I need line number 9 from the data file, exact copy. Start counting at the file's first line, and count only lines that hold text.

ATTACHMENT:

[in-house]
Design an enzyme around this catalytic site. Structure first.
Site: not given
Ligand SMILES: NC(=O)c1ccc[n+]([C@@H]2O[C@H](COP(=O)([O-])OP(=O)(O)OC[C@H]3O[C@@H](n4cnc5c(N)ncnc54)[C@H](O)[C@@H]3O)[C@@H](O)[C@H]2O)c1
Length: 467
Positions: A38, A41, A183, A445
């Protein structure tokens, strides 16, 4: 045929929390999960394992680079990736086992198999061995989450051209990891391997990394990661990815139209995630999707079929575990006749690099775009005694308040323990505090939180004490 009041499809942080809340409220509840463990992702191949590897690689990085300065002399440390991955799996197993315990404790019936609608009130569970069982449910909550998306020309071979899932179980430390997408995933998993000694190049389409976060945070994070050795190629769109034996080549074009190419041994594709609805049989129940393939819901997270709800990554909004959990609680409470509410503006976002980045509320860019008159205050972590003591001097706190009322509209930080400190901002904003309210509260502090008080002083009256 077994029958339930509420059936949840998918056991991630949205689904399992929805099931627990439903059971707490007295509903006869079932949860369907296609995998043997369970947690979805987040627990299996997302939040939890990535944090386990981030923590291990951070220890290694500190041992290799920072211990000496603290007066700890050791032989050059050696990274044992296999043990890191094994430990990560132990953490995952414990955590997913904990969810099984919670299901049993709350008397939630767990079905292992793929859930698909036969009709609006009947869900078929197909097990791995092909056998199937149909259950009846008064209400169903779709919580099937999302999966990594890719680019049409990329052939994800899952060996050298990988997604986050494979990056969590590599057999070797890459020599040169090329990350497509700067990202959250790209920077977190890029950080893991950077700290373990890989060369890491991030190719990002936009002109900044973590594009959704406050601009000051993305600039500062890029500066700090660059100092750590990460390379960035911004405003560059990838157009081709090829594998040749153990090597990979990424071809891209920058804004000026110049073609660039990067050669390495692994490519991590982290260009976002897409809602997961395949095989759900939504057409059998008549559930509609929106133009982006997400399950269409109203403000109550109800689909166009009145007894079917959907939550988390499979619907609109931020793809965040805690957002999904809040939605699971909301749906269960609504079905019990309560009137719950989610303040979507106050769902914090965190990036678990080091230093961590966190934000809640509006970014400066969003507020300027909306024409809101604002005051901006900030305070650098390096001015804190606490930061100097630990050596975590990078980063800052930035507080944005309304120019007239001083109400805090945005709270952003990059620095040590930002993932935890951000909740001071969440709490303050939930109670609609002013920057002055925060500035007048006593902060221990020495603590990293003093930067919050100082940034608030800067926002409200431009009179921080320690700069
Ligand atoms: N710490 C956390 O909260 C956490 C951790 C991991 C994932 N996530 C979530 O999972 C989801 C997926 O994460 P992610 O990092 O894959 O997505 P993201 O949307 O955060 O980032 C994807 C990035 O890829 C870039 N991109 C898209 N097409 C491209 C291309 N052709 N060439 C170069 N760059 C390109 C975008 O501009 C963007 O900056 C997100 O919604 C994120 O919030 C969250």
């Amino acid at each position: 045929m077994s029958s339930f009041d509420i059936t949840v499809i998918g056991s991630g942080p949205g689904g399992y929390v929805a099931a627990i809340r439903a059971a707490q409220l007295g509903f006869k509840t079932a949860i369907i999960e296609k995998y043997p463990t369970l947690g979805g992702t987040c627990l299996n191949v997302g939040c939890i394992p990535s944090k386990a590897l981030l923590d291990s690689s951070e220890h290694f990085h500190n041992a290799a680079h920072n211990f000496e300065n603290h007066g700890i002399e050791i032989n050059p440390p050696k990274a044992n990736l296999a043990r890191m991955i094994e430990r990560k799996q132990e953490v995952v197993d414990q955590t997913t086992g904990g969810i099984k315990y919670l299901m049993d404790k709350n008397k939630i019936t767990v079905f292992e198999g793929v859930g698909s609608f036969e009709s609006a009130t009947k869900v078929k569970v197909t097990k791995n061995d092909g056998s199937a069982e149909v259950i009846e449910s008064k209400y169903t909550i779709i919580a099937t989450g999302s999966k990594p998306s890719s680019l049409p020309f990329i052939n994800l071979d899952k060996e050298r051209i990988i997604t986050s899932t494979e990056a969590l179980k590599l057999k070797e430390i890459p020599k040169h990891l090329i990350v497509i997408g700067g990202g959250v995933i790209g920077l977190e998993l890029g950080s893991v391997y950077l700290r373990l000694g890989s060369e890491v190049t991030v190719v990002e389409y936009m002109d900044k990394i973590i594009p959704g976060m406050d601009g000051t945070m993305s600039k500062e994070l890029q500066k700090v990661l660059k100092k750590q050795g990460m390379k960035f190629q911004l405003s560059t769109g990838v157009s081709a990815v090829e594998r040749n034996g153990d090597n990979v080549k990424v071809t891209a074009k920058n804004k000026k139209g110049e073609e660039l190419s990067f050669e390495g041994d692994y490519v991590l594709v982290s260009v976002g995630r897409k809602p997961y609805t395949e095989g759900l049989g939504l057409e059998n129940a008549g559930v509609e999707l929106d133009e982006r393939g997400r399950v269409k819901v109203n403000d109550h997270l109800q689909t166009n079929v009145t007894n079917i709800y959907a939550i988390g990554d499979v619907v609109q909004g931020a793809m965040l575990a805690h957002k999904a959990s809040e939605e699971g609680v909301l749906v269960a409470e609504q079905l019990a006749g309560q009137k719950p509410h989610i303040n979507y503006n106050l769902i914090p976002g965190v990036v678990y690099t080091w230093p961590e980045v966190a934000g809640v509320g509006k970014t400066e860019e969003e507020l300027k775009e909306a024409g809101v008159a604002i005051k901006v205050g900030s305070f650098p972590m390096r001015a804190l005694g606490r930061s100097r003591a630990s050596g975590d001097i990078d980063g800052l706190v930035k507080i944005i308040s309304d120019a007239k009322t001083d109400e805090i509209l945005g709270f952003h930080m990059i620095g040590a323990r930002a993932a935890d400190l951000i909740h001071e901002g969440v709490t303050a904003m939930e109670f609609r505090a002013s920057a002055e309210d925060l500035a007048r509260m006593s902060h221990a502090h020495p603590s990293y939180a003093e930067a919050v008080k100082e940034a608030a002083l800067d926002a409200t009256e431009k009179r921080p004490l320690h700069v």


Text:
């Amino acid at each position: 045929m077994s029958s339930f009041d509420i059936t949840v499809i998918g056991s991630g942080p949205g689904g399992y929390v929805a099931a627990i809340r439903a059971a707490q409220l007295g509903f006869k509840t079932a949860i369907i999960e296609k995998y043997p463990t369970l947690g979805g992702t987040c627990l299996n191949v997302g939040c939890i394992p990535s944090k386990a590897l981030l923590d291990s690689s951070e220890h290694f990085h500190n041992a290799a680079h920072n211990f000496e300065n603290h007066g700890i002399e050791i032989n050059p440390p050696k990274a044992n990736l296999a043990r890191m991955i094994e430990r990560k799996q132990e953490v995952v197993d414990q955590t997913t086992g904990g969810i099984k315990y919670l299901m049993d404790k709350n008397k939630i019936t767990v079905f292992e198999g793929v859930g698909s609608f036969e009709s609006a009130t009947k869900v078929k569970v197909t097990k791995n061995d092909g056998s199937a069982e149909v259950i009846e449910s008064k209400y169903t909550i779709i919580a099937t989450g999302s999966k990594p998306s890719s680019l049409p020309f990329i052939n994800l071979d899952k060996e050298r051209i990988i997604t986050s899932t494979e990056a969590l179980k590599l057999k070797e430390i890459p020599k040169h990891l090329i990350v497509i997408g700067g990202g959250v995933i790209g920077l977190e998993l890029g950080s893991v391997y950077l700290r373990l000694g890989s060369e890491v190049t991030v190719v990002e389409y936009m002109d900044k990394i973590i594009p959704g976060m406050d601009g000051t945070m993305s600039k500062e994070l890029q500066k700090v990661l660059k100092k750590q050795g990460m390379k960035f190629q911004l405003s560059t769109g990838v157009s081709a990815v090829e594998r040749n034996g153990d090597n990979v080549k990424v071809t891209a074009k920058n804004k000026k139209g110049e073609e660039l190419s990067f050669e390495g041994d692994y490519v991590l594709v982290s260009v976002g995630r897409k809602p997961y609805t395949e095989g759900l049989g939504l057409e059998n129940a008549g559930v509609e999707l929106d133009e982006r393939g997400r399950v269409k819901v109203n403000d109550h997270l109800q689909t166009n079929v009145t007894n079917i709800y959907a939550i988390g990554d499979v619907v609109q909004g931020a793809m965040l575990a805690h957002k999904a959990s809040e939605e699971g609680v909301l749906v269960a409470e609504q079905l019990a006749g309560q009137k719950p509410h989610i303040n979507y503006n106050l769902i914090p976002g965190v990036v678990y690099t080091w230093p961590e980045v966190a934000g809640v509320g509006k970014t400066e860019e969003e507020l300027k775009e909306a024409g809101v008159a604002i005051k901006v205050g900030s305070f650098p972590m390096r001015a804190l005694g606490r930061s100097r003591a630990s050596g975590d001097i990078d980063g800052l706190v930035k507080i944005i308040s309304d120019a007239k009322t001083d109400e805090i509209l945005g709270f952003h930080m990059i620095g040590a323990r930002a993932a935890d400190l951000i909740h001071e901002g969440v709490t303050a904003m939930e109670f609609r505090a002013s920057a002055e309210d925060l500035a007048r509260m006593s902060h221990a502090h020495p603590s990293y939180a003093e930067a919050v008080k100082e940034a608030a002083l800067d926002a409200t009256e431009k009179r921080p004490l320690h700069v």